Antonio Giovinazzi will step up to a full-time Formula 1 race seat with Sauber in 2019, as team-mate to current Ferrari man Kimi Raikkonen. Motorsport Week takes a look at Giovinazzi’s route onto the grid.
Giovinazzi negotiated the usual route in karting before stepping up to cars in Formula Pilota China, a title he took with relative ease. During that season a friendship with Sean Gelael developed, and the Indonesian’s father’s Jagonya Ayam company would prove influential in the progress of Giovinazzi’s career. Giovinazzi stepped up to European Formula 3 with Double R in 2013 and endured a so-so rookie campaign before a switch to Carlin the following season yielded a step forward, with podiums and wins en route to sixth overall.
Giovinazzi remained in Formula 3 for a third season in 2015 with Carlin for what proved to be one of the series’ most competitive years. Giovinazzi scored six wins as he thrust himself into title contention but ultimately missed out to fellow stalwart Felix Rosenqvist, who hit form during the later stages of the campaign. But Giovinazzi still finished ahead of several other luminaries, including Charles Leclerc, Lance Stroll and George Russell.
GP2 title fight
Giovinazzi moved into GP2 with series newcomer Prema and as team-mate to Pierre Gasly. Having failed to score early on he stunned with a clean sweep in Baku, charging from poor positions on both occasions. It catapulted him to the attention of the Formula 1 paddock and he won three more times as he fought tooth-and-nail with Gasly for the crown, which was ultimately settled in the Frenchman’s favour in Abu Dhabi. Giovinazzi, though, was hot property, and while Mercedes’ interest cooled, he was picked up as Ferrari’s reserve.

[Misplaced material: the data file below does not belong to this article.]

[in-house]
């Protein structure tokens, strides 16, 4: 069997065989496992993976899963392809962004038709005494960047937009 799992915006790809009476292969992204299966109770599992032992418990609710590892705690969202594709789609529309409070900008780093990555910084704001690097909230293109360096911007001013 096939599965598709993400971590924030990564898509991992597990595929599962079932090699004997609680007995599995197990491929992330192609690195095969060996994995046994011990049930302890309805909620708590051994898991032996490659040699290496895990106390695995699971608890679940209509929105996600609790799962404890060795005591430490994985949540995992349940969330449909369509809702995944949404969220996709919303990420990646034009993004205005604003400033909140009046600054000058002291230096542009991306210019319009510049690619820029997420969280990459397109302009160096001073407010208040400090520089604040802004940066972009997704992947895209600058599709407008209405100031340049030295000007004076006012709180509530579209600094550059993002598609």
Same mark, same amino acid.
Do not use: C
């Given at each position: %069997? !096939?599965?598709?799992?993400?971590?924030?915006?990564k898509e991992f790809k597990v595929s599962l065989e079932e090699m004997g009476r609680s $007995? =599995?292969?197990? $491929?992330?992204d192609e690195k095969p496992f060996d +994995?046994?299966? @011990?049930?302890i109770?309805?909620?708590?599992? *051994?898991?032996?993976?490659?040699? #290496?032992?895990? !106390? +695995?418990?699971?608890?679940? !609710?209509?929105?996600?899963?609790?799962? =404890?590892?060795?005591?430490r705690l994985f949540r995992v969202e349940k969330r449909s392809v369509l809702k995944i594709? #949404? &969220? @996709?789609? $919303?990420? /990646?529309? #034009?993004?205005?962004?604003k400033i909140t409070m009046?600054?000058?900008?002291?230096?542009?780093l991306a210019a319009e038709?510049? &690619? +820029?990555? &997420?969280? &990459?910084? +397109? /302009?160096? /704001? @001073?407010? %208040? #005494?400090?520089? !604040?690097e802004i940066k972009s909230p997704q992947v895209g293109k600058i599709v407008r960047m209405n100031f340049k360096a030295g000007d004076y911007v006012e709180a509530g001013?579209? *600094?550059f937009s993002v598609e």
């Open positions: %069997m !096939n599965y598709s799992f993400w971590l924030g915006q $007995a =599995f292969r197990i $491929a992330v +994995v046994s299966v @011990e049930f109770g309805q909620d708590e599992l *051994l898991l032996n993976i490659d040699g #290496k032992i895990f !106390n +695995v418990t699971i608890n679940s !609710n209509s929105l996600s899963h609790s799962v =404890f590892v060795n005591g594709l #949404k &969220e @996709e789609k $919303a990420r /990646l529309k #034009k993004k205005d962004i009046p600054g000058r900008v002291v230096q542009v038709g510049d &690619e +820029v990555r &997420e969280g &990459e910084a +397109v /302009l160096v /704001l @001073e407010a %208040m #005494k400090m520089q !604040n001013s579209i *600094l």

Pascal Wehrlein’s Race of Champions injury was more serious than initially thought and Giovinazzi was called up by Sauber to participate in pre-season testing. Wehrlein was deemed fine to return but the severity of his injury had impacted his fitness – and post-practice in Australia realised he was not ready. Giovinazzi filled the breach from FP3 onwards and impressed, going on to claim 12th in the race. He remained in the C36 for China but crashed heavily in qualifying and lost control in damp conditions early in the race that triggered a similarly large shunt.
Giovinazzi emerged in contention at Haas, where he joined as its test/reserve driver, and was handed several FP1 outings for Formula 1’s newest team. A crash in Hungary did not aid his prospects but Haas was always edging towards retaining its pairing, rather than taking a punt on a newcomer. The door at Haas closed but it remained open at Sauber. However, the rapid rise of Charles Leclerc meant he jumped ahead in the Ferrari hierarchy and was a given for a Sauber seat, while the team opted to retain incumbent Marcus Ericsson over Giovinazzi.
Keeping active in sportscars
Giovinazzi has not raced full-time since 2016 but he made his debut at Le Mans earlier this year, driving a Ferrari 488 in the GTE Pro category. It wasn’t Giovinazzi’s first foray into the WEC scene, having partnered with Gelael for a handful of LMP2 races across 2015/16 in Asian Le Mans, European Le Mans and the WEC itself. Giovinazzi partnered Toni Vilander and Pipo Derani to finish fifth in class and next month will step back into LMP2 machinery with Extreme Speed Motorsports at Petit Le Mans.
Patience is a virtue
Giovinazzi retained his Ferrari reserve role – having received praise from Sebastian Vettel and Maurizio Arrivabene for his simulator skills – and also kept his eye in at Sauber, courtesy of a reserve role that included test outings and six FP1s. Giovinazzi hid any lingering frustration and methodically undertook his respective roles, emphasising that his future was in the hands of Ferrari and his management. On Tuesday he was finally confirmed in a full-time Formula 1 seat, ending Italy’s eight-year wait for a representative on the grid.